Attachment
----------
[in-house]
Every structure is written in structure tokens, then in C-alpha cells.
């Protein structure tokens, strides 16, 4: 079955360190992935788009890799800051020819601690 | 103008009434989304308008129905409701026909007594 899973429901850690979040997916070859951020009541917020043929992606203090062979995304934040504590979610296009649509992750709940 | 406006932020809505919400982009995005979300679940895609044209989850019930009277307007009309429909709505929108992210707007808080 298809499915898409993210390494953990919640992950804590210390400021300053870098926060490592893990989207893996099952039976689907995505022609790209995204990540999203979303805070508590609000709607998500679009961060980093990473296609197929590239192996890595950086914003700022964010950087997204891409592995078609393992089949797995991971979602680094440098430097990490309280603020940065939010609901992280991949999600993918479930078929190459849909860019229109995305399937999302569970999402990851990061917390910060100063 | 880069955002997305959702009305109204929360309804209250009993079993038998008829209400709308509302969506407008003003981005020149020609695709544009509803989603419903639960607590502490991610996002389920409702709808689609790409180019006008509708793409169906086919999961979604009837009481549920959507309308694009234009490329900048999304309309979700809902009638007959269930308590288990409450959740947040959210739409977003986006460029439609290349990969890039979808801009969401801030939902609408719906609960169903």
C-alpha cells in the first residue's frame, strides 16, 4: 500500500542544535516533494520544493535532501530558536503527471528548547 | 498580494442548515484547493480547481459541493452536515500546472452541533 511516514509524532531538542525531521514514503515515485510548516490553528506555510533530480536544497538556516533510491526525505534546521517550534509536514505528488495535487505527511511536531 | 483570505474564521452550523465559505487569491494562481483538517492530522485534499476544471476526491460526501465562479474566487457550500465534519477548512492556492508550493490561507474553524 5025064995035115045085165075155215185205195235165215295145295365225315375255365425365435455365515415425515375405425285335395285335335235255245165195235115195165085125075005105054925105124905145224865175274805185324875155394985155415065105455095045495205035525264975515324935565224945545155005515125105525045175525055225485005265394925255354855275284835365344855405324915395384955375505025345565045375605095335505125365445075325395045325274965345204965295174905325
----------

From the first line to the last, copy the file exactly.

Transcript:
[in-house]
Every structure is written in structure tokens, then in C-alpha cells.
């Protein structure tokens, strides 16, 4: 079955360190992935788009890799800051020819601690 | 103008009434989304308008129905409701026909007594 899973429901850690979040997916070859951020009541917020043929992606203090062979995304934040504590979610296009649509992750709940 | 406006932020809505919400982009995005979300679940895609044209989850019930009277307007009309429909709505929108992210707007808080 298809499915898409993210390494953990919640992950804590210390400021300053870098926060490592893990989207893996099952039976689907995505022609790209995204990540999203979303805070508590609000709607998500679009961060980093990473296609197929590239192996890595950086914003700022964010950087997204891409592995078609393992089949797995991971979602680094440098430097990490309280603020940065939010609901992280991949999600993918479930078929190459849909860019229109995305399937999302569970999402990851990061917390910060100063 | 880069955002997305959702009305109204929360309804209250009993079993038998008829209400709308509302969506407008003003981005020149020609695709544009509803989603419903639960607590502490991610996002389920409702709808689609790409180019006008509708793409169906086919999961979604009837009481549920959507309308694009234009490329900048999304309309979700809902009638007959269930308590288990409450959740947040959210739409977003986006460029439609290349990969890039979808801009969401801030939902609408719906609960169903």
C-alpha cells in the first residue's frame, strides 16, 4: 500500500542544535516533494520544493535532501530558536503527471528548547 | 498580494442548515484547493480547481459541493452536515500546472452541533 511516514509524532531538542525531521514514503515515485510548516490553528506555510533530480536544497538556516533510491526525505534546521517550534509536514505528488495535487505527511511536531 | 483570505474564521452550523465559505487569491494562481483538517492530522485534499476544471476526491460526501465562479474566487457550500465534519477548512492556492508550493490561507474553524 5025064995035115045085165075155215185205195235165215295145295365225315375255365425365435455365515415425515375405425285335395285335335235255245165195235115195165085125075005105054925105124905145224865175274805185324875155394985155415065105455095045495205035525264975515324935565224945545155005515125105525045175525055225485005265394925255354855275284835365344855405324915395384955375505025345565045375605095335505125365445075325395045325274965345204965295174905325